Chemistry and Metabolism of Biomolecules #7: Chemistry of Nucleic Acids

in steemstem •  5 months ago

The nucleic acids. The most important of all biomolecules highlighted in the former installments of this series. The DNA, which is a nucleic acid is instrumental for the passage of information from one generation to another.

Think for a moment, how random we would look without information stored in our parents being passed on to us. Without the DNA, we wouldn’t share traits with our parents.

There’s also the argument that most genetic diseases like diabetes and haemophilia won’t affect us if there was no means of passing information from parents to offspring. A fair argument I’ll say.

The ATP (Adenosine monophosphate), the energy currency of the cell is a very important nucleotide and also a medium cells can store large amounts of energy for future utilization.

But I’ll like to let you know what nucleic acids really are, what they are made of, the types out there while highlighting their relevance to life in the process.

What are Nucleic Acids anyway

Nucleic acids: The most important biomolecule in nature (License: Public Domain]: Pixabay

Nucleic Acids are simply polymers of nucleotides. The nucleotides are molecules that contain a nitrogenous base (molecules which possess nitrogen atoms in their structure and act as bases), a phosphate group and a sugar unit (Ribose in RNA, Deoxyribose in DNA).

The nitrogenous bases found in nucleic acids are classified into;

  1. The pyrimidine bases
  2. The purine bases

The purine and pyrimidine bases (License: Public Domain]: Wikicommons

The pyrimidine bases have simple structures. They specifically have nitrogen atoms at positions 1 and 3 of their structure. They have a close resemblance to the structure; pyridine. There are three pyrimidine bases known to man. They include; Cytosine, Uracil and Thymine. They are denoted by C, U and T respectively. They exist in pairs with purine bases in DNA and RNA.

The purine bases are just pyrimidine bases with imidazole rings fused to their structures. It is the most widely occurring nitrogen containing heterocyclic compound in nature. The only two known purine bases are; Adenine and Guanine.

Chargaff’s Rule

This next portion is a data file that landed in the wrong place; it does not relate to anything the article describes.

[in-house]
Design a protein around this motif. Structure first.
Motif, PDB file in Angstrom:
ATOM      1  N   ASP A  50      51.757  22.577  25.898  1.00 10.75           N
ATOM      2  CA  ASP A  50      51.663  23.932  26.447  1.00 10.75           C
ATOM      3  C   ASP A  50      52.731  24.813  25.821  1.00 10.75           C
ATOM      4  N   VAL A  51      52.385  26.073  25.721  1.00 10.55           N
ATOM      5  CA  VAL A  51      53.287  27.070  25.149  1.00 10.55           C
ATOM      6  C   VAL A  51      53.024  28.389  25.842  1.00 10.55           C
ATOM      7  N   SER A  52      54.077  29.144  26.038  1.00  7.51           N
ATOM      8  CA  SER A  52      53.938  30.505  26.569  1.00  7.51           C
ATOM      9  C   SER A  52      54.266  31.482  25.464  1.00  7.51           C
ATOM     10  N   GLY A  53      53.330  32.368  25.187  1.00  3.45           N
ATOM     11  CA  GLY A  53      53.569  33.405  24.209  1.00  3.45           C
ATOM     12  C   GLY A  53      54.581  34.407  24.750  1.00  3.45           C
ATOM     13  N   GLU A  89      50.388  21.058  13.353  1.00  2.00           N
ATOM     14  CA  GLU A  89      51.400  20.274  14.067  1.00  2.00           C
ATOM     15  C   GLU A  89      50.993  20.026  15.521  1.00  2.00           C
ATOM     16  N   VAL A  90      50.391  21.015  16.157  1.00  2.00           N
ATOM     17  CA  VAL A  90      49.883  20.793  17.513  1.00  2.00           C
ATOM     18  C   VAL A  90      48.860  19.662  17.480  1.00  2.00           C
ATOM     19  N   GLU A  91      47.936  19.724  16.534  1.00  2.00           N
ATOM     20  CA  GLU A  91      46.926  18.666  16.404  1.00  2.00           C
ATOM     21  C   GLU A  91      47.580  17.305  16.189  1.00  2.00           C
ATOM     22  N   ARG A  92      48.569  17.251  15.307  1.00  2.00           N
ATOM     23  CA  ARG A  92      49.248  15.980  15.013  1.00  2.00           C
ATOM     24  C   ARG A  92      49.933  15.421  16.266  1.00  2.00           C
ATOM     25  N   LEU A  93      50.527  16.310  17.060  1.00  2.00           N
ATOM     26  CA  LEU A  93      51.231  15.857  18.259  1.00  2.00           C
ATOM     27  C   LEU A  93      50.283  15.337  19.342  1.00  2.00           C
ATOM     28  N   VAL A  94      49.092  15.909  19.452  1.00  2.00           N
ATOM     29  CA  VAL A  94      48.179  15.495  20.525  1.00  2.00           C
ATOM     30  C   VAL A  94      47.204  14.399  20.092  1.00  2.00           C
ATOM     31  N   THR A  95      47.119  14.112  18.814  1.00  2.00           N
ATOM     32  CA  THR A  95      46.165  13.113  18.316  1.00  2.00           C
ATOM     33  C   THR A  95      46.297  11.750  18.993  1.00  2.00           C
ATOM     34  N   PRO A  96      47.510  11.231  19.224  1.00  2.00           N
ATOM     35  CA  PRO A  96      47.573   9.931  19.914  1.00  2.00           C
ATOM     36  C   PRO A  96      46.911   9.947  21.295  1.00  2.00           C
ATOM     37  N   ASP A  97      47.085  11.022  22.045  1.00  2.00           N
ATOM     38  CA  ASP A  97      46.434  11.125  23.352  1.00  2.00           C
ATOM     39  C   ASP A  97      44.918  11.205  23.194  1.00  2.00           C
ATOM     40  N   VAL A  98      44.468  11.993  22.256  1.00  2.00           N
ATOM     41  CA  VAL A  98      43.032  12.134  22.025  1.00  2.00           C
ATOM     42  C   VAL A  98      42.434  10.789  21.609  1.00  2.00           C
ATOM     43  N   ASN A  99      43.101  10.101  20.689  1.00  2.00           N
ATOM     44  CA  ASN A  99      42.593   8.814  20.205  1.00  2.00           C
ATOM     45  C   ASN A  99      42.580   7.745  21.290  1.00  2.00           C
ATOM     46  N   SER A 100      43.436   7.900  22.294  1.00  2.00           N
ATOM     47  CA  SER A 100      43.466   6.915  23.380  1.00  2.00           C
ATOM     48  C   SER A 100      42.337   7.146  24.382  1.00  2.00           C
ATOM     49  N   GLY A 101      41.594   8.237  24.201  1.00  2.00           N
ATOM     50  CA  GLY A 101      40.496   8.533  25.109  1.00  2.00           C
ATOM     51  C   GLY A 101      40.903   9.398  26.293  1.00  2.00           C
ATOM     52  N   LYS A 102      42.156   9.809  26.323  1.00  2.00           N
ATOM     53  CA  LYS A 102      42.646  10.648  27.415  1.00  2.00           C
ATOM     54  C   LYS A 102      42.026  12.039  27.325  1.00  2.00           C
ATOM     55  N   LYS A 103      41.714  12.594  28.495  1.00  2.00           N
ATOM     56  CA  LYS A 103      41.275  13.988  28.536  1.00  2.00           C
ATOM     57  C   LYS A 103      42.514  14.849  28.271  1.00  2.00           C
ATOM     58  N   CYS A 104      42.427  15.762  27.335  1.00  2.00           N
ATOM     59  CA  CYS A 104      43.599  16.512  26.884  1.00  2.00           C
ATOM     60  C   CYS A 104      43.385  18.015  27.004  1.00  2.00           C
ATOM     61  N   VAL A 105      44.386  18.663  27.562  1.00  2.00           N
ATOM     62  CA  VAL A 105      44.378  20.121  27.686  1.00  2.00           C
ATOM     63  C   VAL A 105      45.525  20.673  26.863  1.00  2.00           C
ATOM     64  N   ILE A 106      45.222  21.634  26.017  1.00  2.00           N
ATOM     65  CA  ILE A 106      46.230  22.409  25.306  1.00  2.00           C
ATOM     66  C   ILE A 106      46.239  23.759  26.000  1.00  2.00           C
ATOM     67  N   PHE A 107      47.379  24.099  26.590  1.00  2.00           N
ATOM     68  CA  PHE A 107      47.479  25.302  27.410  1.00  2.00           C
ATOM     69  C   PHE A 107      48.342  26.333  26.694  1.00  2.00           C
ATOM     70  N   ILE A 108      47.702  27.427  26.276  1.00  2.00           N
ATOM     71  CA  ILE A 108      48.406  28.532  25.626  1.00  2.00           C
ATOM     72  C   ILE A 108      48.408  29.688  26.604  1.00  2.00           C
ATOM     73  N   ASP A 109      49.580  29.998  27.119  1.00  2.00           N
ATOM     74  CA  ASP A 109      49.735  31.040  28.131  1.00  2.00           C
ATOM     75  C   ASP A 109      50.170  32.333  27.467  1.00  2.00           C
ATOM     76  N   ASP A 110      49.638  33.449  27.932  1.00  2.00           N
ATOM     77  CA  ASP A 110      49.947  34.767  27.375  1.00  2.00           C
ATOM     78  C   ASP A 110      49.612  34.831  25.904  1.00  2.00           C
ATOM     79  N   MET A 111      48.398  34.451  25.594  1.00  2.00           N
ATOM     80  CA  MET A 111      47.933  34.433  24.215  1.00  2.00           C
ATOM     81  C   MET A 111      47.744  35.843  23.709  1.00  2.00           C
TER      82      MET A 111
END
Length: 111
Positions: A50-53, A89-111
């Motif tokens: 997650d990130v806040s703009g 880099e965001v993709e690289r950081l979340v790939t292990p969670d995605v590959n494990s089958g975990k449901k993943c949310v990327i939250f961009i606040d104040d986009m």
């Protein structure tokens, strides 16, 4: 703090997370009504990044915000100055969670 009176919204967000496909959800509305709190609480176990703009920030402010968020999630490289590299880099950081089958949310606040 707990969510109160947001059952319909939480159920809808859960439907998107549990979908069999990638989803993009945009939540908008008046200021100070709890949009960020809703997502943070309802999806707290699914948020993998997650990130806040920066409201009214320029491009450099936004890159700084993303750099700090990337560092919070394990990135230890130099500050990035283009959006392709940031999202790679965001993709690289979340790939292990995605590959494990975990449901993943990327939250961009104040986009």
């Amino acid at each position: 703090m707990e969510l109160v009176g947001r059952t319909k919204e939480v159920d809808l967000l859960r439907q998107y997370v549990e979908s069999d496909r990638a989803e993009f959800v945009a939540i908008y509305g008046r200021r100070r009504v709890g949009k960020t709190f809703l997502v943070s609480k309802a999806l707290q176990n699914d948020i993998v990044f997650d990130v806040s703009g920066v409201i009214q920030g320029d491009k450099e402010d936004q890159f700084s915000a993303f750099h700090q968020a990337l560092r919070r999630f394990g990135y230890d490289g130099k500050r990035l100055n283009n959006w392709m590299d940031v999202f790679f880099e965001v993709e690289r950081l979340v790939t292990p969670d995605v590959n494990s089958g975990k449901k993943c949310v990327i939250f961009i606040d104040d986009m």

The chargaff’s rule states that in a DNA molecule, the number of purine bases must be equal to the number of pyrimidine bases. The million dollar question is; How is this constancy maintained ?

The purine and pyrimidine bases have self activating and self inhibiting properties. When enough pyrimidine bases are produced for example. The pyrimidine bases inhibit enzymes necessary for its further production while activating enzymes necessary for the further production of purine bases. This way, constancy is easily achieved.

The process by which pyrimidine inhibits its further production is known as feed-back inhibition while the process by which it activates the production of more purine bases is known as feed-forward activation.

The purine and pyrimidine bases pair in a complimentary manner and thus, knowing the number of one purine base is a reliable way of knowing the number of its complimentary pyrimidine base. Guanine always pairs with cytosine while adenine always pairs with thymine in DNA or uracil in RNA. These base pairs must be in equal amounts according to Chargaff’s rule.

The Sugar moiety in both DNA and RNA is a five-carbon sugar. In RNA, the Sugar moiety is Ribose. In DNA, the Sugar moiety is a derivative of Ribose; Deoxyribose. I’ll highlight where they differ in the next section.

Types of Nucleic Acids

The two types of Nucleic acids are:

  1. The Deoxyribonucleic Acid
  2. The Ribonucleic Acid

Deoxyribonucleic acid (DNA)

The double helical structure of DNA (License: Public Domain]: Wikicommons

DNA is a polynucleotide. It consists of monomers of either one of these four nitrogenous bases (Adenine, Guanine, Cytosine and Thymine). These nitrogenous bases pair in a complimentary manner. Adenine pairs with Thymine. Guanine pairs with Cytosine.

DNA is a double helical structure. It has genetic information stored in it, actually, at certain regions known as genes. The DNA is the starter molecule in the central dogma of molecular biology (where information stored in DNA is expressed as proteins).

The two DNA strands contain the same information and during replication, they are passed on differently to two daughter DNAs. Thus, a daughter DNA has its first strand from one parent DNA and the second strand from another parent DNA.

Illustrative Representation of the Difference between a Ribose and a Deoxyribose Sugar (License: CC-BY-SA 3.0, Author: Boumphreyfr]: Wikicommons

It is particularly interesting to note that DNA contains deoxyribose. This is the case when the ~OH group at carbon-2 is replaced by a hydrogen (H) atom giving rise to the structure seen above. This is one of the areas where DNA differs from RNA.

DNA is known to code for proteins but it’s important to note that about 98% of a total DNA strand codes for nothing. This region is referred to as The non-coding region. They are practically not involved in transcription.